At least as early as May 2001, Michael Egan was being provided with spreadsheets prepared by Carolyn Fiddy that set forth the fair market value of the stock held in High Tech. The spreadsheets showed how much additional stock would need to be contributed to bring the value of the portfolio up to the amount of the $160 million purported basis,
In late 2001, employees at Carruth performed further calculations in order to determine how much additional stock needed to be contributed to Fidelity High Tech in order to take advantage of the purported $160 million basis. In addition to EMC stock, Michael Egan authorized contribution of other low-basis stock owned by the Egans to Fidelity High Tech to take advantage of the “stepped-up” basis (or, as Shea put it, to “absorb” that basis).

On December 19, 2001, Carolyn Fiddy reported to Reiss that “the final “stuffing” for Fidelity High Tech Advisor A has been organized.” . The same day, Shea reported to Reiss that “the “stuffing” of Helios I [High Tech] took place today.”  On December 20, Fiddy reported to Haber that “additional contributions of low basis stock” had been made to High Tech.

 On December 20, 2001, Pat Shea reported to Haber that “we have “stuffed” this fund with several other assets including more EMC stock.”

The beauty of the transaction was that it would have a "low reporting profile" since it was "merely" eliminating gains rather than creating a loss.  Ultimately the transaction would be showing a loss as there was not enough fair market value of EMC stock contributed to take advantage of the basis.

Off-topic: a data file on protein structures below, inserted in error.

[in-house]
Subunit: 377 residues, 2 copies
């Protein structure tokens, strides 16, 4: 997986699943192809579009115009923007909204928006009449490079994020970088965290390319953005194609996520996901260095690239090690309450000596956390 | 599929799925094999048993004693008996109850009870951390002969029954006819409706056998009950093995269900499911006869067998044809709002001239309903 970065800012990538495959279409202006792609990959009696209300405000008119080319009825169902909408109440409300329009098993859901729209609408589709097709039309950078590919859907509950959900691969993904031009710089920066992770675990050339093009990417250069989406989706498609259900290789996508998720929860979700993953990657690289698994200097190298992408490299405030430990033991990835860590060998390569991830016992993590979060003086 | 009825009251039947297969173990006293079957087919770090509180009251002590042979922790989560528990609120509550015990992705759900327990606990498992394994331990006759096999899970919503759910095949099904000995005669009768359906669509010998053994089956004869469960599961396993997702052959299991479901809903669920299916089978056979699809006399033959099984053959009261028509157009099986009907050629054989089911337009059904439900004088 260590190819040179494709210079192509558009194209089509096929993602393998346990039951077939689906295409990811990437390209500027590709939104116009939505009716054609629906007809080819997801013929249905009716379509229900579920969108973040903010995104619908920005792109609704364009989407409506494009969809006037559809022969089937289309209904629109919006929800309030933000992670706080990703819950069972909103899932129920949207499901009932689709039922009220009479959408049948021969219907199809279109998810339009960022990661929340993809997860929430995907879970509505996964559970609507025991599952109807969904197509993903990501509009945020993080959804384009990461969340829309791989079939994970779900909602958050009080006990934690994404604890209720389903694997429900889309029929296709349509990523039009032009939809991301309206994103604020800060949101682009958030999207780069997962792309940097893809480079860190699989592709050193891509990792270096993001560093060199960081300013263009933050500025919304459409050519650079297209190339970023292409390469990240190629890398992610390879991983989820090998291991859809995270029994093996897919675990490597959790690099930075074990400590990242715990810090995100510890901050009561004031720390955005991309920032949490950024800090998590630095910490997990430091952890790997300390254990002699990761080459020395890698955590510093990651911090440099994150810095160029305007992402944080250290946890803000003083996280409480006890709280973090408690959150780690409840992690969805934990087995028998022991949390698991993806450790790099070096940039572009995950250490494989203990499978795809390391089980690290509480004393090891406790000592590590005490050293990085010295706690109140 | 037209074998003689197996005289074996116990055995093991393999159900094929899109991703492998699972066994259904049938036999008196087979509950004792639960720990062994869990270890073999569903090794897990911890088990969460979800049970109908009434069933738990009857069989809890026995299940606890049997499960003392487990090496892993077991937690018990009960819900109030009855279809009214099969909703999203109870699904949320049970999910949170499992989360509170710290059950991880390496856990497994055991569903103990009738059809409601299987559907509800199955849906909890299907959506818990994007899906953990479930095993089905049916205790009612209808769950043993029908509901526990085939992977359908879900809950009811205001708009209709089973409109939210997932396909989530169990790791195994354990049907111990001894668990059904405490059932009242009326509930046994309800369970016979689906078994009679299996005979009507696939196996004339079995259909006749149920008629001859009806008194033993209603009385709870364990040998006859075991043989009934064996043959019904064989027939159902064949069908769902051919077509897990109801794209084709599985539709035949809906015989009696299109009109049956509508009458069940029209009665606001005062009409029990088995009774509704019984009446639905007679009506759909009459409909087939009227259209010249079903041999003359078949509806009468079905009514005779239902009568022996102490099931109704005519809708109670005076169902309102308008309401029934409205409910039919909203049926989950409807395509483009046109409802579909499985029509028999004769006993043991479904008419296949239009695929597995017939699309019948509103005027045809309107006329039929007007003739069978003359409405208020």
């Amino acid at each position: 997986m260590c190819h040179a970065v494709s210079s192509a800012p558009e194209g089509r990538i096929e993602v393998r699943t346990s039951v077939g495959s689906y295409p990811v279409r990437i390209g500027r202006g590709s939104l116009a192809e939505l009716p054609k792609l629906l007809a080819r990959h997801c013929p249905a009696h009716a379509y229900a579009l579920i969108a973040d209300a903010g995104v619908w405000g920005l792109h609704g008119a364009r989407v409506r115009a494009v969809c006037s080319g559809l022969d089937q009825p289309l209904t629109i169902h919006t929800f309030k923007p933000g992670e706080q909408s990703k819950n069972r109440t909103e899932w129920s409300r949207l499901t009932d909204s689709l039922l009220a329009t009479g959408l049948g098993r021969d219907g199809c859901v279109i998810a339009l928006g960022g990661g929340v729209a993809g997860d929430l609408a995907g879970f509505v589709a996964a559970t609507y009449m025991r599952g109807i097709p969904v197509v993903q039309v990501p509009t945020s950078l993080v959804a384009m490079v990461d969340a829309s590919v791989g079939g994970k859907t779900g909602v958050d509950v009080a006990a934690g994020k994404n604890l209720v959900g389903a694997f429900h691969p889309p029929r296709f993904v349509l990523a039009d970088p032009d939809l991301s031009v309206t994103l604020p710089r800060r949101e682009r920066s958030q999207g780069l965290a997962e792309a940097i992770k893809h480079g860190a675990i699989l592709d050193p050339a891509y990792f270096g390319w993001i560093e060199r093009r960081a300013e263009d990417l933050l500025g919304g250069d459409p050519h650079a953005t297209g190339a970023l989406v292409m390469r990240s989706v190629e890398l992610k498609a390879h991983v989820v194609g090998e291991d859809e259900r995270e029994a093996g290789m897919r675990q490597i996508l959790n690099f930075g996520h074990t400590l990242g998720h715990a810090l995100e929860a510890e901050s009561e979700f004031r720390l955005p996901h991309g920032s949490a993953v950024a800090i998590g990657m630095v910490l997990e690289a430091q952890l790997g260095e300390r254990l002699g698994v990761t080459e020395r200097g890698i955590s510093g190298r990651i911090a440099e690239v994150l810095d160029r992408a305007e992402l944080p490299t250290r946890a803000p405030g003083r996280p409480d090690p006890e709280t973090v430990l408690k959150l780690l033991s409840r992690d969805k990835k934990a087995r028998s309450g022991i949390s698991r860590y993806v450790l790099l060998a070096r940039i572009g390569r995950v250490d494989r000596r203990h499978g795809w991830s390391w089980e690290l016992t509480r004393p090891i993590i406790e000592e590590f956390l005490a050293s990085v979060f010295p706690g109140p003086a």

In the end the capital gains tax had to be paid and apparently a 40% gross valuation overstatement penalty.  Not to metnion all the fees which were estimated to be around 20% of the "tax savings".  The really interesting question, though, is how much was lost due to stock being sold at less favorable prices than might have been obtained without the complications of the shelter planning ? 

The Egans were not the only people afflicted by the belief that EMC stock could only go up.  And of course EMC was part of the larger tech bubble. Just for perspective we can reflect on what might have happened to many of the EMC rankers. The belief that tax laws are rigged in favor of the ultra wealthy is really a delusion.  Mr. Egan had to get somebody to  find a friendly Irishman to pick up 160,000,000 dollars in currency gain and then be bought out to shelter his non-qualified option ordinary income.  A regular EMC employee would have qualified options.  So if such an employee exercised an option to buy at say $20 when the stock was at $90 all he or she had to do was hold onto the stock for a year in order to get capital gains treatment on the $70 plus of course the additional amount that the EMC stock would go up by in the course of the year.  Of course there was that nasty alternative minimum tax so maybe there would be $15 or so to pay   in April, which might have been about what the stock finally sold for.  So as they stretched to turn a 40% tax into a 20 % tax, they ended up with, in effect, a 100% tax.  They ended up with AMT credit carryovers and AMT capital loss carryovers, many of which have been used by now, but it was really painful in 2001.

The usual prize of the privilege of naming a topic for a future goes for identifying the quotation leading the post.  In order to get full credit you have to name the historic event that corresponds to the tech bubble in the analogy that I am creating.